Publishing/Writing: Insights, News, Intrigue

03/14/2012

Publishing Intrigue Con’t: Is Government About to kill Real competition to Save Appearance of Competition?


Gov't Killing Competition?

Hopefully not!

The jury is still out. While the Justice Department is weighing the past, present and future course of the publishing industry (in trying to tame the nefarious price-setting practices of e-books — and by extension of all books), opinionated speculation is running rampant!

This digital-era-caused publishing shipwreck upon ‘conscience island’ could just be the best thing that has ever been visited upon the publishing empire.

Why ? Because the forced dealing with recent ethical questions like price-setting below profitable margins just to run peripherals out of business and create a more monopolistic advantage, will hopefully lead to a clearing up of abuses and unethical practices that existed under the old traditional publishing business model as well!  

But, in order for this to take place, the DOJ must put it’s best foot forward with a real commitment to create a publishing landscape that fosters open and fair competition. Good prices for all concerned will then follow — based on fair market value — not cookie-cutter, one-price-fits-all, dip-shit prices (that will be raised, without any recourse, in the future when the true monopoly is firmly established).

This from Carolyn Kellogg of the LA Times:

Scott Turow: Apple didn’t collude, it offered an e-books life raft

Last week shivers shot through the world of publishing when news broke that the U.S. Justice Department warned Apple and five major publishers that it was investigating them for alleged collusion, the Wall Street Journal reported. At issue was the price of e-books: When Apple launched the iPad, five major publishers adjusted their pricing schemes from a wholesale/retail model to an agency model.

In December, Justice Department official Sharis A. Pozen told a House subcommittee that the antitrust division was investigating e-book pricing. A source told the New York Times that the department hopes to decide by the end of April, when Pozen is leaving, whether to file suit against Apple and publishers  Simon & Schuster, Hachette, Penguin, HarperCollins and Macmillan.

That would be a mistake, writes Scott Turow, a bestselling author, a lawyer, and head of the Authors Guild. In an update on the Authors Guild website, he writes:

We have no way of knowing whether publishers colluded in adopting the agency model for e-book pricing. We do know that collusion wasn’t necessary: Given the chance, any rational publisher would have leapt at Apple’s offer and clung to it like a life raft. Amazon was using e-book discounting to destroy bookselling, making it uneconomic for physical bookstores to keep their doors open.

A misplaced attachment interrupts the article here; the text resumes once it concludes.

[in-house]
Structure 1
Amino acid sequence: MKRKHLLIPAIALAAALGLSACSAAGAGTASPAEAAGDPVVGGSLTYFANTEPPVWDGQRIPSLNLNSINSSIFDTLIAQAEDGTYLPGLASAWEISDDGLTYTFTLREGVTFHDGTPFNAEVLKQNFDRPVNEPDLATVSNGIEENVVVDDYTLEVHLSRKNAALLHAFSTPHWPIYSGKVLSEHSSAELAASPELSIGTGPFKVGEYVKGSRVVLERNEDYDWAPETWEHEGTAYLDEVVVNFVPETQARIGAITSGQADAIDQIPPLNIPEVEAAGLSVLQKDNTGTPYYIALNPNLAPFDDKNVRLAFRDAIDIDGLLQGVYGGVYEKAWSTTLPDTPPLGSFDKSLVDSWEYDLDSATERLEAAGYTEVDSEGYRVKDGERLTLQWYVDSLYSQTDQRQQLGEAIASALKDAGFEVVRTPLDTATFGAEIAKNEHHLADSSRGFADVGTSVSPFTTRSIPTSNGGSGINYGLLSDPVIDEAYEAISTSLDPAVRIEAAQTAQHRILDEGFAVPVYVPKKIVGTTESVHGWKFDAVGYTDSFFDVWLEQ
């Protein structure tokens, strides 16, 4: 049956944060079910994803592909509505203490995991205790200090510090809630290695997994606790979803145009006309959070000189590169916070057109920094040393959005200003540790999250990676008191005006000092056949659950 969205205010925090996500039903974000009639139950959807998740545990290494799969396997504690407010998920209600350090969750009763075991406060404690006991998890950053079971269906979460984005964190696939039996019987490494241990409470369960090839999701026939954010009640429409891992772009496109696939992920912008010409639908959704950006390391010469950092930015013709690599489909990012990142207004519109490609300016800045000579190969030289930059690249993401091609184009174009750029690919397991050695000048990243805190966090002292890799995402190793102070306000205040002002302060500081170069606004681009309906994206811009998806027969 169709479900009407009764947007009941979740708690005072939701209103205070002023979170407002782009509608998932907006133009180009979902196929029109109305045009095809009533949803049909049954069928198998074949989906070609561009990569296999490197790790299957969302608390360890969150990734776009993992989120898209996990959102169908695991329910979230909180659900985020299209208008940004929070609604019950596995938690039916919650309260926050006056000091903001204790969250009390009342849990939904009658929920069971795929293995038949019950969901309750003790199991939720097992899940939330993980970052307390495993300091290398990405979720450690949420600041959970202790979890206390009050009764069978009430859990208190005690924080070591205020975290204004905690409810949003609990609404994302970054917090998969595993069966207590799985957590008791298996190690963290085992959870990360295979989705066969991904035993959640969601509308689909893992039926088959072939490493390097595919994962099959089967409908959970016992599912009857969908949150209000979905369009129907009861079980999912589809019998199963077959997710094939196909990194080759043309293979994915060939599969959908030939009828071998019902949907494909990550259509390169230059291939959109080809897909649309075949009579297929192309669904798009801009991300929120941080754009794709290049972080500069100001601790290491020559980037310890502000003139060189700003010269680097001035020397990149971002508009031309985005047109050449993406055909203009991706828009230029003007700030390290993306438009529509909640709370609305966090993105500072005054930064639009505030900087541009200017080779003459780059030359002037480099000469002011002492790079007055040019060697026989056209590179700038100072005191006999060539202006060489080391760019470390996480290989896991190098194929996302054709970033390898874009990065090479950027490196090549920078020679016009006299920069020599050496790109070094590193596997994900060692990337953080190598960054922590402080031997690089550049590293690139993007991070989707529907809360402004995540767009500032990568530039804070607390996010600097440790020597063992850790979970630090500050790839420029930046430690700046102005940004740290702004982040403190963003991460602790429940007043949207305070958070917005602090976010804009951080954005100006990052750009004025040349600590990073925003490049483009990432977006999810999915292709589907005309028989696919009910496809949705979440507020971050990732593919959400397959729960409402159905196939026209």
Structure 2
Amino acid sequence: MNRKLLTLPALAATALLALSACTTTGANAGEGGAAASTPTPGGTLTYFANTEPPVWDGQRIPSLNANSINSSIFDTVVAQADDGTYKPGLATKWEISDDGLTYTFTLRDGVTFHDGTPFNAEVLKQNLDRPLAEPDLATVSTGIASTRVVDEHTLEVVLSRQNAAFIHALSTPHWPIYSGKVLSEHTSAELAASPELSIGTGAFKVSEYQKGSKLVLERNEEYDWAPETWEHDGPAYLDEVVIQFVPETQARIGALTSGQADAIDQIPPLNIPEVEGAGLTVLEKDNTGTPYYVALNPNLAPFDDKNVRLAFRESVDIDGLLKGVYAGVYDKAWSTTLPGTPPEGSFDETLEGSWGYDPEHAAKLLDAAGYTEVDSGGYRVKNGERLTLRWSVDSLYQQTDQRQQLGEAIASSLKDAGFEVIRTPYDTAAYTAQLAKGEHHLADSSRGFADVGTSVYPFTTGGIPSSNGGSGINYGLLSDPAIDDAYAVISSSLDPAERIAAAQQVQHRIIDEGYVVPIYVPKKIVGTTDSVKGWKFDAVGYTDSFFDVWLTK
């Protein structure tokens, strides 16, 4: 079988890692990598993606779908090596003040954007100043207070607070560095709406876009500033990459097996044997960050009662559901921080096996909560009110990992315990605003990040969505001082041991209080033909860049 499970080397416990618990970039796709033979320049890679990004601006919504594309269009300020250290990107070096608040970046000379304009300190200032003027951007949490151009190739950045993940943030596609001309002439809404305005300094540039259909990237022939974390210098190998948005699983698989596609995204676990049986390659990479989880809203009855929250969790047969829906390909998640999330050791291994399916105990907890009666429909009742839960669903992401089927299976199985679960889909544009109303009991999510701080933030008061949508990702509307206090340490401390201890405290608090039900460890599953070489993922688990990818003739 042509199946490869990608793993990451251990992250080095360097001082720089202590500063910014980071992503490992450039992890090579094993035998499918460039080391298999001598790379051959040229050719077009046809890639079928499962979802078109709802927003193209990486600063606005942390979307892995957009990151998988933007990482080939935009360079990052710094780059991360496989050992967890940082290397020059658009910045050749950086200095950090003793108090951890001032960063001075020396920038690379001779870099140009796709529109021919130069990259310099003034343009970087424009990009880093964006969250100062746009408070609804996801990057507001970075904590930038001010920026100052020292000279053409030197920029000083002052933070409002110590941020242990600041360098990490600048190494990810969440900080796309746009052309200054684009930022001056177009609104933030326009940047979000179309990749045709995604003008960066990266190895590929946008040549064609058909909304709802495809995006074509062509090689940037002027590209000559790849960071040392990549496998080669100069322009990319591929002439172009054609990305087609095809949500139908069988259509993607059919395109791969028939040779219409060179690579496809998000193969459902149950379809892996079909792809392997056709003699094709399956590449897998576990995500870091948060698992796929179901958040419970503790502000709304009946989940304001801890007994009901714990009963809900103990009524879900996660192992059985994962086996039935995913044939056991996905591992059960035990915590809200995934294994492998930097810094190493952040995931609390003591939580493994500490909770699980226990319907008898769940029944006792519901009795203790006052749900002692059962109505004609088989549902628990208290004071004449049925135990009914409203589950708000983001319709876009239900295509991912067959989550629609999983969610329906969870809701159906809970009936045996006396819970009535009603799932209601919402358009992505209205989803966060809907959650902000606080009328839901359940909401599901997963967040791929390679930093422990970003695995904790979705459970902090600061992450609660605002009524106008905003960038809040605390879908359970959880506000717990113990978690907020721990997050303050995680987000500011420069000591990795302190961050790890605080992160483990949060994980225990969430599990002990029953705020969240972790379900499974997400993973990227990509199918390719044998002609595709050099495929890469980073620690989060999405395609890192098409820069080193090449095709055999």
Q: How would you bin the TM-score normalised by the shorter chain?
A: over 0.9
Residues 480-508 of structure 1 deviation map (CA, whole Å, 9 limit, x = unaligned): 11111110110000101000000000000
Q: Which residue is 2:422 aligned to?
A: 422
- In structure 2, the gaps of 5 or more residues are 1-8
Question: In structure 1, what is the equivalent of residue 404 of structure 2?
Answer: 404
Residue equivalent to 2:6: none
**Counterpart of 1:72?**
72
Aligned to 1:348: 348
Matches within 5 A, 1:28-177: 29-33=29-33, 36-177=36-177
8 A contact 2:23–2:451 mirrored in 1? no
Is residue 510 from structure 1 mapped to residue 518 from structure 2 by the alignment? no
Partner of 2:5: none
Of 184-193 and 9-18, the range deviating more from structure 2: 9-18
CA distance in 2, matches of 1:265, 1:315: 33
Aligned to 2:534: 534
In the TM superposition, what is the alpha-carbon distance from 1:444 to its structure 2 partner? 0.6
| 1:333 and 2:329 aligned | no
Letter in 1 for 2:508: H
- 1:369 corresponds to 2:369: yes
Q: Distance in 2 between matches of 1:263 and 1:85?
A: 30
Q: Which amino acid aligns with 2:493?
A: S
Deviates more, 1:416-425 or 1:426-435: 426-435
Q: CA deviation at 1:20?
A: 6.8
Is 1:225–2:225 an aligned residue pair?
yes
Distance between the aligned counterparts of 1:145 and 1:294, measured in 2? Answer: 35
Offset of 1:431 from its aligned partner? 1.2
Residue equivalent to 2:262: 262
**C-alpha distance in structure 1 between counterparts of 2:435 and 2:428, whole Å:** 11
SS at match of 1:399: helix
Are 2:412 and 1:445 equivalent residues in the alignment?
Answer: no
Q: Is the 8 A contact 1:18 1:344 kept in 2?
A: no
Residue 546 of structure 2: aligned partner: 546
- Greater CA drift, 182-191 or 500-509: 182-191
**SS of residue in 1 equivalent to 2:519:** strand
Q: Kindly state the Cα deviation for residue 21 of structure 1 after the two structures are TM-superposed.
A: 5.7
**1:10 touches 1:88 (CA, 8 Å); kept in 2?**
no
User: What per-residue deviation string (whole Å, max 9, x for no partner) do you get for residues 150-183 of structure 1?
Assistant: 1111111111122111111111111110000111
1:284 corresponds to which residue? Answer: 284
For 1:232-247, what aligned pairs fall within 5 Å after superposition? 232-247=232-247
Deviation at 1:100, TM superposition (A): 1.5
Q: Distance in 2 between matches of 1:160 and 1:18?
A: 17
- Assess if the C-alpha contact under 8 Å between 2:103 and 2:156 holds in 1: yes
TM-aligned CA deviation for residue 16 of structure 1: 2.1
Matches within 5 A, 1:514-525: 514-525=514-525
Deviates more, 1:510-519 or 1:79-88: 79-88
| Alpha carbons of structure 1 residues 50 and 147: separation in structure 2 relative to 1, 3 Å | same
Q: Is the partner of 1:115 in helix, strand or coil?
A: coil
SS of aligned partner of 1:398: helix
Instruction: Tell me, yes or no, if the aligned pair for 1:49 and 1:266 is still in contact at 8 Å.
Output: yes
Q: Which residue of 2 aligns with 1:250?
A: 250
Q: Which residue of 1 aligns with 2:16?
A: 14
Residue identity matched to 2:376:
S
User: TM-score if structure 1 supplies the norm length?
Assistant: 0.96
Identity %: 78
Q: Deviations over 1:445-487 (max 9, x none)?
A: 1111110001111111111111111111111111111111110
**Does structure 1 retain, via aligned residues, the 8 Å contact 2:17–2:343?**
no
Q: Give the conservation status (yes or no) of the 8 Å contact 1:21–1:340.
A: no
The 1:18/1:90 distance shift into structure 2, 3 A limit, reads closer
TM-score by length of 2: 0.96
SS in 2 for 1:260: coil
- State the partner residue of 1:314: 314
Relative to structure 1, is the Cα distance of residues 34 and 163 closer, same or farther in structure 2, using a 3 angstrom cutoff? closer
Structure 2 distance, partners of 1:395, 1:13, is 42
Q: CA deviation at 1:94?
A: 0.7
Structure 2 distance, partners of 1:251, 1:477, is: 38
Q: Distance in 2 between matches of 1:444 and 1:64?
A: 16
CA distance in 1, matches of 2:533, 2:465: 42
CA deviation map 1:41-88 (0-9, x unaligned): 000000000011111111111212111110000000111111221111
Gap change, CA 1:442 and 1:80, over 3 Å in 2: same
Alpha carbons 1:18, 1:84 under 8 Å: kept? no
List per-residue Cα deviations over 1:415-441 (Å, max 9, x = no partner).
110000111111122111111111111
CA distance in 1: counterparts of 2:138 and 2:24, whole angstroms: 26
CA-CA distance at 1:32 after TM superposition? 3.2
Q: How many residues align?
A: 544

Just before Amazon introduced the Kindle, it convinced major publishers to break old practices and release books in digital form at the same time they released them as hardcovers. Then Amazon dropped its bombshell: as it announced the launch of the Kindle, publishers learned that Amazon would be selling countless frontlist e-books at a loss. This was a game-changer, and not in a good way. Amazon’s predatory pricing would shield it from e-book competitors that lacked Amazon’s deep pockets.

Read and learn more

This Publishing/Writing Blog is available on Kindle :))) 

Advertisements

05/12/2010

Scott Turow, New President of The Authors Guild, Ponders the Future of Publishing



Scott Turow (pictured on left), bestselling author of Presumed Innocent and numerous other mystery suspense novels, just became the president of The Authors Guild…Good pick, indeed, him being a lawyer and all. He seems well equipped to handle the ponderous problems facing authors in today’s devastated, topsy-turvy publishing industry.

This excerpt is taken from Jason Boog’s interview with Scott Turow on Media Bistro dot com:

Earlier this month, novelist Scott Turow became the new president of the Authors Guild–taking charge of the group during a tumultuous time for the publishing industry.

In today’s installment of Media Beat, the bestselling novelist and attorney advised writers about the biggest problems facing the publishing industry. In previous segments, Turow talked about his new novel, Innocent, and offered advice for aspiring writers.

Here’s an excerpt: “Right now frankly royalty rates for eBooks are too low. The Book royalty rates don’t represent the same kind of division of profits that traditional hardcover royalties have represented. So that will be a meat and potatoes issue for us. But the larger problems for us is the pirating of books. It has killed large parts of the music industry. Musicians make up for the copies of their songs that get pirated by performing live. I don’t think there will be as many people showing up to hear me read as to hear Beyonce sing. We need to make sure piracy is dealt with effectively.”

Video of interview can be viewed here: http://link.brightcove.com/services/player/bcpid57408845001?bctid=84440520001

Blog at WordPress.com.

%d bloggers like this: